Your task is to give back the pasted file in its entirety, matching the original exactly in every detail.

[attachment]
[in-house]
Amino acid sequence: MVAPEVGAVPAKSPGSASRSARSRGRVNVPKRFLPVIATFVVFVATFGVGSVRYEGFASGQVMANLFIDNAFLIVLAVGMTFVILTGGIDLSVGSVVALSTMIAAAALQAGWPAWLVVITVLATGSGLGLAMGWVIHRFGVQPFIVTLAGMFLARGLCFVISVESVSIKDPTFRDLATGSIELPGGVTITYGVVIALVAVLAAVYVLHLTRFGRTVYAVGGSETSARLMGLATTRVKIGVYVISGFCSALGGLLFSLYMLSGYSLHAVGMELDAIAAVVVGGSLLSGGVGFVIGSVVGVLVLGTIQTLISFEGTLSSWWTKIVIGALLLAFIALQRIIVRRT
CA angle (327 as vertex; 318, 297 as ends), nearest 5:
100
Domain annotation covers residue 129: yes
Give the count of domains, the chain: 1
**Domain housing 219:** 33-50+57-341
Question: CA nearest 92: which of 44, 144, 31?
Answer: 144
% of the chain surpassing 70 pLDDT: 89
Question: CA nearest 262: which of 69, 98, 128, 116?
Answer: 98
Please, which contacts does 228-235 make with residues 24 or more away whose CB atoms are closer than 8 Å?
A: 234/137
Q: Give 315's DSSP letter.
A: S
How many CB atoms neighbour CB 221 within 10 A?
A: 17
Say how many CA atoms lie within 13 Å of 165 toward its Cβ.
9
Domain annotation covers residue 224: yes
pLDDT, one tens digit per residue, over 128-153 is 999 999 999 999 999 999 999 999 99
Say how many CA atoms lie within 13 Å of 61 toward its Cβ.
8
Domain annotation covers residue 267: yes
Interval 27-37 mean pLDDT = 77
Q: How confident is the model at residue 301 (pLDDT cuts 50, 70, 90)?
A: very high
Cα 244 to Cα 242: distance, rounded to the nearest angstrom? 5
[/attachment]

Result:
[in-house]
Amino acid sequence: MVAPEVGAVPAKSPGSASRSARSRGRVNVPKRFLPVIATFVVFVATFGVGSVRYEGFASGQVMANLFIDNAFLIVLAVGMTFVILTGGIDLSVGSVVALSTMIAAAALQAGWPAWLVVITVLATGSGLGLAMGWVIHRFGVQPFIVTLAGMFLARGLCFVISVESVSIKDPTFRDLATGSIELPGGVTITYGVVIALVAVLAAVYVLHLTRFGRTVYAVGGSETSARLMGLATTRVKIGVYVISGFCSALGGLLFSLYMLSGYSLHAVGMELDAIAAVVVGGSLLSGGVGFVIGSVVGVLVLGTIQTLISFEGTLSSWWTKIVIGALLLAFIALQRIIVRRT
CA angle (327 as vertex; 318, 297 as ends), nearest 5:
100
Domain annotation covers residue 129: yes
Give the count of domains, the chain: 1
**Domain housing 219:** 33-50+57-341
Question: CA nearest 92: which of 44, 144, 31?
Answer: 144
% of the chain surpassing 70 pLDDT: 89
Question: CA nearest 262: which of 69, 98, 128, 116?
Answer: 98
Please, which contacts does 228-235 make with residues 24 or more away whose CB atoms are closer than 8 Å?
A: 234/137
Q: Give 315's DSSP letter.
A: S
How many CB atoms neighbour CB 221 within 10 A?
A: 17
Say how many CA atoms lie within 13 Å of 165 toward its Cβ.
9
Domain annotation covers residue 224: yes
pLDDT, one tens digit per residue, over 128-153 is 999 999 999 999 999 999 999 999 99
Say how many CA atoms lie within 13 Å of 61 toward its Cβ.
8
Domain annotation covers residue 267: yes
Interval 27-37 mean pLDDT = 77
Q: How confident is the model at residue 301 (pLDDT cuts 50, 70, 90)?
A: very high
Cα 244 to Cα 242: distance, rounded to the nearest angstrom? 5